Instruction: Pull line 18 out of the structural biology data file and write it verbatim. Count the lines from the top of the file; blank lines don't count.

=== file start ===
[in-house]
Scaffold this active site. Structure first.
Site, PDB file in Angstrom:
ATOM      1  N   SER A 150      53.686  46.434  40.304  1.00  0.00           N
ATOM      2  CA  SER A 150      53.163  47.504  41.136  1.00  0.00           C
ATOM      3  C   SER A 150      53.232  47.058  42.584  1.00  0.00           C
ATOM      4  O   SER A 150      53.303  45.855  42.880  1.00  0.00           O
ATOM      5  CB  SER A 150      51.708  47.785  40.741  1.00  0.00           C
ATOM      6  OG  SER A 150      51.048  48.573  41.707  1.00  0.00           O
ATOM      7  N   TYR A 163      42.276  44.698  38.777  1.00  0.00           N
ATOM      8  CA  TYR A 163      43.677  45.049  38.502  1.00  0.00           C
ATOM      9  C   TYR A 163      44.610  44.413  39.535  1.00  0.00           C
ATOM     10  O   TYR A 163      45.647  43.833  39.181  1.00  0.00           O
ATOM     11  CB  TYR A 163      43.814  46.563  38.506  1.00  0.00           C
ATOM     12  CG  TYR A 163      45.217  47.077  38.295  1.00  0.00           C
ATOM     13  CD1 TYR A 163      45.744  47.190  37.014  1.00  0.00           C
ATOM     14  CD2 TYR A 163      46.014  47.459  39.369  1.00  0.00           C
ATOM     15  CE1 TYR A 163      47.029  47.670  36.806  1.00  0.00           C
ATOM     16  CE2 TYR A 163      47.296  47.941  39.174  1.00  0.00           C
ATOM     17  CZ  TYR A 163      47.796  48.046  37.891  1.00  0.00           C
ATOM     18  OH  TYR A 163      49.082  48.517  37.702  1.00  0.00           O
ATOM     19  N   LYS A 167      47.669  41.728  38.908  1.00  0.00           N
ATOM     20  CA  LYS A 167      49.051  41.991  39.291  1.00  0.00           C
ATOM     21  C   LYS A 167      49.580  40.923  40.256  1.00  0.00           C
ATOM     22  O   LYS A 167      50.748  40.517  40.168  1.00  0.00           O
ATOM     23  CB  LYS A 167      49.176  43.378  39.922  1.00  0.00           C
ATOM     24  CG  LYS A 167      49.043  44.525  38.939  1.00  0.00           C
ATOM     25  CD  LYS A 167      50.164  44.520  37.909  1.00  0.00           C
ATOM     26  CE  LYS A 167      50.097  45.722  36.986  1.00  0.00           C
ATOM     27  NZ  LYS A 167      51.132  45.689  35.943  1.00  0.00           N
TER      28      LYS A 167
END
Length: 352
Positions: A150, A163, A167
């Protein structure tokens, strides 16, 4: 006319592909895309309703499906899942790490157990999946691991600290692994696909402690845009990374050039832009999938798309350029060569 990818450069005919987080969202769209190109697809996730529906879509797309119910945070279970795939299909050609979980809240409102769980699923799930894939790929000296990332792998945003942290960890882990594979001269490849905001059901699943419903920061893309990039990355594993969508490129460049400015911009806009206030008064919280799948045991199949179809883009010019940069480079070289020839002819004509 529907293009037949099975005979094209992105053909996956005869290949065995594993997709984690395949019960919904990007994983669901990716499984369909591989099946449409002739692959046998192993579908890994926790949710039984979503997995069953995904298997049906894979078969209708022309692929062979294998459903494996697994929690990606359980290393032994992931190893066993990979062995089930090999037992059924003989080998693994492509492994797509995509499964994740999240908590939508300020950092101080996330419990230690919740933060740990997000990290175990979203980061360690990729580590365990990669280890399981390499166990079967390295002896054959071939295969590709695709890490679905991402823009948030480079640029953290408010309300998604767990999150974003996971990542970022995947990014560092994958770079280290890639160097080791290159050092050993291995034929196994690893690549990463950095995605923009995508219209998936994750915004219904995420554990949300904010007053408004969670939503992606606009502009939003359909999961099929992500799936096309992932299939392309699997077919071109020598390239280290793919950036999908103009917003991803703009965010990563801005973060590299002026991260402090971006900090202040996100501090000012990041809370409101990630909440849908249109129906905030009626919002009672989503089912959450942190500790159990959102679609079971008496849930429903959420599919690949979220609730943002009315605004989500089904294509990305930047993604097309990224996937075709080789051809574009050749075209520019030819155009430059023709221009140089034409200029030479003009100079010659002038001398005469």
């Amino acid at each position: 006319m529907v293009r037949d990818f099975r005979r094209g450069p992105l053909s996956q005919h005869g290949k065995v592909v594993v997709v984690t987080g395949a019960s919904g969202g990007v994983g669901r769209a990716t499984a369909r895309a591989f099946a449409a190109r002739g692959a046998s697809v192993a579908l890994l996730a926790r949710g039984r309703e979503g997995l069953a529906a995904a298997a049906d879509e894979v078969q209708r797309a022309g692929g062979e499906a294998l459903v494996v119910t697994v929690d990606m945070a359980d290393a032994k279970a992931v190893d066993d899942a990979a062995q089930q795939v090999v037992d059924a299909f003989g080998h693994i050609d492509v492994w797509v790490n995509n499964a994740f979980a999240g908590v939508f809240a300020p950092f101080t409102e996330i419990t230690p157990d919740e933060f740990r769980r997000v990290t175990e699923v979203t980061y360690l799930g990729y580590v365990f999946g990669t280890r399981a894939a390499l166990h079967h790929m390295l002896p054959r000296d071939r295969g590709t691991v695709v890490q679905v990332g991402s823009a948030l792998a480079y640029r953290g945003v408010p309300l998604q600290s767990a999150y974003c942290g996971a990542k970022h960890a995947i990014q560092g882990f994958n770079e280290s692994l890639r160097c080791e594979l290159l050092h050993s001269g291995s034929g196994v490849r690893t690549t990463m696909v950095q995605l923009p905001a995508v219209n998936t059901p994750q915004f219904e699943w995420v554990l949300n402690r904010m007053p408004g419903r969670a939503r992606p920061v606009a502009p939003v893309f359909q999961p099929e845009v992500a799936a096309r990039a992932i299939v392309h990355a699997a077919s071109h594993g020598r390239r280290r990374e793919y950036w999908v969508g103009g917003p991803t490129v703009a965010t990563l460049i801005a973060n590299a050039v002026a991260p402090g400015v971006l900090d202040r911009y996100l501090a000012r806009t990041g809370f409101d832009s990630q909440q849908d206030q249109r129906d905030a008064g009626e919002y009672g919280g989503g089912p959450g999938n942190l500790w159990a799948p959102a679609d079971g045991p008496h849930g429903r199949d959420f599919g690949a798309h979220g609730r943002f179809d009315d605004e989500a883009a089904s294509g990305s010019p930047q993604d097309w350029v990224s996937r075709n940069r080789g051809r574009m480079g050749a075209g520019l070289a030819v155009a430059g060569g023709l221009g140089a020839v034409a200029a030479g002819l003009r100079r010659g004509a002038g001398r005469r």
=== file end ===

ATOM     15  CE1 TYR A 163      47.029  47.670  36.806  1.00  0.00           C